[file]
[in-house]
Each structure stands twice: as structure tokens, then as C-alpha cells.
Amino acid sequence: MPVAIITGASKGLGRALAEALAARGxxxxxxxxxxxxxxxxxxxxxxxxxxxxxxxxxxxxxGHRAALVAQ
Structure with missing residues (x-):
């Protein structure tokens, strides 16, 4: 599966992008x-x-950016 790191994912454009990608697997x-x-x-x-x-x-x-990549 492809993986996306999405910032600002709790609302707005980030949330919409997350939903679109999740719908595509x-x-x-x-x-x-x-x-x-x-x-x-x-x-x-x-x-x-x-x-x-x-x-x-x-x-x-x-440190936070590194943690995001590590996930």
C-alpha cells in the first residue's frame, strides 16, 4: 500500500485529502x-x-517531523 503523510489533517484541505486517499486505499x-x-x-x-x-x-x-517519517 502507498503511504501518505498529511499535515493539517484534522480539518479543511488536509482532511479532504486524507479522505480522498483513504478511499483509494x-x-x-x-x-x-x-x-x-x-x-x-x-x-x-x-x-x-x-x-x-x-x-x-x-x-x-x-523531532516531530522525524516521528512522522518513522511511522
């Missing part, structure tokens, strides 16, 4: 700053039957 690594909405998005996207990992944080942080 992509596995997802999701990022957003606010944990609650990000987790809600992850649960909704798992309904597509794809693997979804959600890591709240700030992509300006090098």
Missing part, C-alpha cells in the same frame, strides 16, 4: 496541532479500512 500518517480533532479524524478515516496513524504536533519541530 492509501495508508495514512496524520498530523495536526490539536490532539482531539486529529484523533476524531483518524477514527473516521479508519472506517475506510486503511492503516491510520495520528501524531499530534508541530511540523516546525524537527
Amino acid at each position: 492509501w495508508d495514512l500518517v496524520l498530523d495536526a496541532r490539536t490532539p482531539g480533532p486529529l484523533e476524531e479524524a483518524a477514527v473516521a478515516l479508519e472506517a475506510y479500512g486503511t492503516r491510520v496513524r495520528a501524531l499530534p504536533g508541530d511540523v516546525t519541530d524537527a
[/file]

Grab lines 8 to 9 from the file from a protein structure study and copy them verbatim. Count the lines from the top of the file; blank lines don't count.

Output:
Missing part, C-alpha cells in the same frame, strides 16, 4: 496541532479500512 500518517480533532479524524478515516496513524504536533519541530 492509501495508508495514512496524520498530523495536526490539536490532539482531539486529529484523533476524531483518524477514527473516521479508519472506517475506510486503511492503516491510520495520528501524531499530534508541530511540523516546525524537527
Amino acid at each position: 492509501w495508508d495514512l500518517v496524520l498530523d495536526a496541532r490539536t490532539p482531539g480533532p486529529l484523533e476524531e479524524a483518524a477514527v473516521a478515516l479508519e472506517a475506510y479500512g486503511t492503516r491510520v496513524r495520528a501524531l499530534p504536533g508541530d511540523v516546525t519541530d524537527a